Florida Plant Leaf Identification
The state of Florida is home to a very large variety of plant species. These species are identified by their assorted leaf structure and unique arrangements. The plants include various evergreen, pine, palm and fruit-bearing trees. Examining the shape, color and texture of subtropic foliage is key to identifying them.
Subtropic plants with colorful foliage fill the landscape of Florida. Bright pink leaves like those found on the codiaeum variegatum and the cordyline fruticosa are easy to identify on sight. Since the state's climate provides increased levels of sunlight, some plants do not maximize their photosynthetic potential. Instead of focusing on gathering more sunlight with green chlorophyll leaves, the vibrant colors are used by the plant to attract pollinators and aid in the process of reproduction.
- The state of Florida is home to a very large variety of plant species.
- Since the state's climate provides increased levels of sunlight, some plants do not maximize their photosynthetic potential.
Florida shrubs are typically broad-leaved plants that are divided into smaller leaves, known as "compound leaves." They are designed to utilize the state's long growing season and maximize their resources by increasing their photosynthetic surface area. Many shrubs are coated in a glossy compound that reflects sunlight to prevent evaporation and sun damage.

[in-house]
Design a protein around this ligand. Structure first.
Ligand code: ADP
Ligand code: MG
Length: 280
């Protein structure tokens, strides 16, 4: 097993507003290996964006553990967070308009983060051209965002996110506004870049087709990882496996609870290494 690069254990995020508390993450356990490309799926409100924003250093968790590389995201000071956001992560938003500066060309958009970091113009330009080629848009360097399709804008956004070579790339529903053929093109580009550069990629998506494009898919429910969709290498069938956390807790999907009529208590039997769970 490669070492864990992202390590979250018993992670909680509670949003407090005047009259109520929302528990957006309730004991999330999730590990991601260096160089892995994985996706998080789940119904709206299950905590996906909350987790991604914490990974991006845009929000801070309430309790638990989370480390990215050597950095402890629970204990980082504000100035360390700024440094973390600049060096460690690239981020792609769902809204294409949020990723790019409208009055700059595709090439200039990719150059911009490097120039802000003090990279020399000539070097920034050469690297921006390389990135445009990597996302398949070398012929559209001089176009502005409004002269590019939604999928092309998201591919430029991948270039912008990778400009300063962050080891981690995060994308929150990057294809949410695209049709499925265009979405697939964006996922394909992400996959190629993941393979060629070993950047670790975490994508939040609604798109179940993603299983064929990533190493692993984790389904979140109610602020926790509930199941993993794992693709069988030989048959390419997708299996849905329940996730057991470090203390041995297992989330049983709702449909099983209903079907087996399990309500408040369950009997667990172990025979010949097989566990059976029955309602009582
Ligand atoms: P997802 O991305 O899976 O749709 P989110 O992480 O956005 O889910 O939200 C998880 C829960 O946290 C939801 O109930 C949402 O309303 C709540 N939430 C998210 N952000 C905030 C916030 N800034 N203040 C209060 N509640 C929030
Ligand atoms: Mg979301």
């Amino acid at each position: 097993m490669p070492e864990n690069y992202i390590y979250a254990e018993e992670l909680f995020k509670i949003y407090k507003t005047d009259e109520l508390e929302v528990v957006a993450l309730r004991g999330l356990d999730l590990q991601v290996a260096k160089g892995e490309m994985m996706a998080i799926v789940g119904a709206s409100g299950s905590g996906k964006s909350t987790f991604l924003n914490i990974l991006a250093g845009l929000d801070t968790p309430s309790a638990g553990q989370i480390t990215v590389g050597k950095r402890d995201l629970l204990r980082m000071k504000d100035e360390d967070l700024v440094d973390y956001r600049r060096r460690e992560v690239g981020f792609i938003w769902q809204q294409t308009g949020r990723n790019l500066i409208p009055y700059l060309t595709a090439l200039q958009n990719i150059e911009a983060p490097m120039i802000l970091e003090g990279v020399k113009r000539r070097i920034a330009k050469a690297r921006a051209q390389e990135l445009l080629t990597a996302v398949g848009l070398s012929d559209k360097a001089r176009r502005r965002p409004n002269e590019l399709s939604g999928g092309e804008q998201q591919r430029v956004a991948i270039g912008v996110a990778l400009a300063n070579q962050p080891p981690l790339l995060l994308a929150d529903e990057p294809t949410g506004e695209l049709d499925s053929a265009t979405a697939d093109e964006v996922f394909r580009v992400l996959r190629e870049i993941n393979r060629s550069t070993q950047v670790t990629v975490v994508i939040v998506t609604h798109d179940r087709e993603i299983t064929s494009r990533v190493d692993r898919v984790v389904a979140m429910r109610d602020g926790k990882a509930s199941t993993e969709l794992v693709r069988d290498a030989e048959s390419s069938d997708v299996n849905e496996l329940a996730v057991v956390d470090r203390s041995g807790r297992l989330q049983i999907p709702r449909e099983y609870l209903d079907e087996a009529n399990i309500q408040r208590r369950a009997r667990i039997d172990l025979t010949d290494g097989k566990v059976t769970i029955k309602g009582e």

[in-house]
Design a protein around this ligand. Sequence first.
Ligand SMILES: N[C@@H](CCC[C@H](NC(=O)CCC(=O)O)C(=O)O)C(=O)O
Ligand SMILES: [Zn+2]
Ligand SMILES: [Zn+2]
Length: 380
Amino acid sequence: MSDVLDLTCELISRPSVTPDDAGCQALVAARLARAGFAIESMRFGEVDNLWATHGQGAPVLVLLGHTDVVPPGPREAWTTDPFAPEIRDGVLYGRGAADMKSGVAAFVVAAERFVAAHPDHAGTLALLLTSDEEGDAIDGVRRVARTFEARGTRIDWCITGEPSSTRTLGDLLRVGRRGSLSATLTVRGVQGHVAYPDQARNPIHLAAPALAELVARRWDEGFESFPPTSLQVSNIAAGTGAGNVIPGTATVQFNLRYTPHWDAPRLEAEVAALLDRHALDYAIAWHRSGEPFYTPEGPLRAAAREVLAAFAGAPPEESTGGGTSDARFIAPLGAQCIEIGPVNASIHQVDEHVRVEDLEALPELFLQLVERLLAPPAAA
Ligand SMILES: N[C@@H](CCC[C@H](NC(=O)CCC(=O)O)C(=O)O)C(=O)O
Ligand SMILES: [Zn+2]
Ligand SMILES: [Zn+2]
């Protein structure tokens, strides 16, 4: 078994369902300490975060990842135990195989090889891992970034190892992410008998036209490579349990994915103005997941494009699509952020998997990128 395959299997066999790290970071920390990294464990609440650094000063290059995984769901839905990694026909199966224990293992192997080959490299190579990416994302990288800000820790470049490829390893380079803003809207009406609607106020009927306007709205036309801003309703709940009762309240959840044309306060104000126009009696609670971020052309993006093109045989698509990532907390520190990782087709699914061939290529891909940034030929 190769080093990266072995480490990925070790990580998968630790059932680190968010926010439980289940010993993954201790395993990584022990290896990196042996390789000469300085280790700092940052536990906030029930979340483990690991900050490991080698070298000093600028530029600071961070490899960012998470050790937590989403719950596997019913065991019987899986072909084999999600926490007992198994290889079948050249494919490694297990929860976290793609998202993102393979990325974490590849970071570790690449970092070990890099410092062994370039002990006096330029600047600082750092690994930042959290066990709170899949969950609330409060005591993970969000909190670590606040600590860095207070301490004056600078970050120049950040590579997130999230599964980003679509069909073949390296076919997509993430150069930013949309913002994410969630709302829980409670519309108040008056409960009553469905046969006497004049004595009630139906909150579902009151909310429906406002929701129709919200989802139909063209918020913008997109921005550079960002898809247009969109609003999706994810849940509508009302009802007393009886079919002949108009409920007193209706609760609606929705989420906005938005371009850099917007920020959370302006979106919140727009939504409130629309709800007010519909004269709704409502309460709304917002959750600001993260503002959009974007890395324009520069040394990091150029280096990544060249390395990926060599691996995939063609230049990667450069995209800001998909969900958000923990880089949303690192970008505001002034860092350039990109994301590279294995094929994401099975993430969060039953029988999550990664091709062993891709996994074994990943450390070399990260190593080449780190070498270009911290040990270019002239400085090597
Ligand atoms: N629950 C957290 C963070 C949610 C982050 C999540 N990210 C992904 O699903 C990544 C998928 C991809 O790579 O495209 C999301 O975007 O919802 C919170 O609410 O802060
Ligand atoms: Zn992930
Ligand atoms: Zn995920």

Although better-known for palm trees, Florida's vegetation includes coniferous, evergreen and various fruit-bearing plants. Each tree can be identified by unique leaf structures that utilize the warm, humid climate. Needle leaves from pine trees increase photosynthetic processes within the plant and are able to regenerate damaged buds without wasting important resources.
Florida's subtropic climate is well-known for its long growing season and short dormancy periods. Plants found throughout the state are often evergreen and able to sustain resources through the entire year. Their leaves are designed to decrease water loss from evaporation and increase photosynthetic surface area.
- Florida shrubs are typically broad-leaved plants that are divided into smaller leaves, known as "compound leaves."
- Many shrubs are coated in a glossy compound that reflects sunlight to prevent evaporation and sun damage.
The structures of leaf cells and the arrangement of their processes can help botanists identify plants, where visual cues may not be enough. Subtropic plants process internal compounds differently from other species because of their minimal dormancy periods. This allows plants to develop unique structures such as modified roots and vibrant leaves. These exemplify the unparalleled survival methods of Florida's plants.
- University Of Florida: Food And Agricultural Sciences: Florida Forest Trees
- "National Audubon Society Field Guide to Trees: Eastern Region"; Elbert Little; 2008
- "Native Florida Plants, Revised Edition: Low Maintenance Landscaping and Gardening"; Robert G. Haehle; 2004